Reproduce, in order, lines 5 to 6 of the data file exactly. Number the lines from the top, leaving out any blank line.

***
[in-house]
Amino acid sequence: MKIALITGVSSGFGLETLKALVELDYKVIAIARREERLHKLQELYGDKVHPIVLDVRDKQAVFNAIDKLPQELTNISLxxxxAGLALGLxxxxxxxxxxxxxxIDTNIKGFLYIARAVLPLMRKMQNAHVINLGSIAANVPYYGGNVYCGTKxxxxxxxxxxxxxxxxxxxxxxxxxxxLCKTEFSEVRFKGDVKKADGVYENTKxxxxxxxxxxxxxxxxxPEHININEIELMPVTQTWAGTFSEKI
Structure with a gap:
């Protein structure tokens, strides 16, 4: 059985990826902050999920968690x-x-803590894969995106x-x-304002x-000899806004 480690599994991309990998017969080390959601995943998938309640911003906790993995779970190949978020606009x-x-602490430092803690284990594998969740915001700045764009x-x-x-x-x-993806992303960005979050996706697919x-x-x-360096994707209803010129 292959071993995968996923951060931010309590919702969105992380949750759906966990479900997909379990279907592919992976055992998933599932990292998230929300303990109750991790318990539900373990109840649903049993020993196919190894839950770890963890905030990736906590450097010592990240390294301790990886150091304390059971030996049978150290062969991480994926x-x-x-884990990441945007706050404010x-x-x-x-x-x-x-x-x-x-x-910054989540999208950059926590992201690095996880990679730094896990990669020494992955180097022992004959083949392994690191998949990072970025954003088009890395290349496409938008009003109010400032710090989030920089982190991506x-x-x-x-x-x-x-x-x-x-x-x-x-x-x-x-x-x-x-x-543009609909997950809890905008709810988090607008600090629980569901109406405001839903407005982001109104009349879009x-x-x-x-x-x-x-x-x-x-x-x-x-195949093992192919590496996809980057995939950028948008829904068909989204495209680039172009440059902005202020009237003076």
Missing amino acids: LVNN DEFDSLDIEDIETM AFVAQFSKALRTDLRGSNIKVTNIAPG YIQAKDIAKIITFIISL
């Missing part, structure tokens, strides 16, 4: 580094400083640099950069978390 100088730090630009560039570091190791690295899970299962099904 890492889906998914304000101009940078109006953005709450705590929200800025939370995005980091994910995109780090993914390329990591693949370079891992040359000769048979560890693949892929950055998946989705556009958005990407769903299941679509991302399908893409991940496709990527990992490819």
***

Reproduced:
Missing amino acids: LVNN DEFDSLDIEDIETM AFVAQFSKALRTDLRGSNIKVTNIAPG YIQAKDIAKIITFIISL
């Missing part, structure tokens, strides 16, 4: 580094400083640099950069978390 100088730090630009560039570091190791690295899970299962099904 890492889906998914304000101009940078109006953005709450705590929200800025939370995005980091994910995109780090993914390329990591693949370079891992040359000769048979560890693949892929950055998946989705556009958005990407769903299941679509991302399908893409991940496709990527990992490819």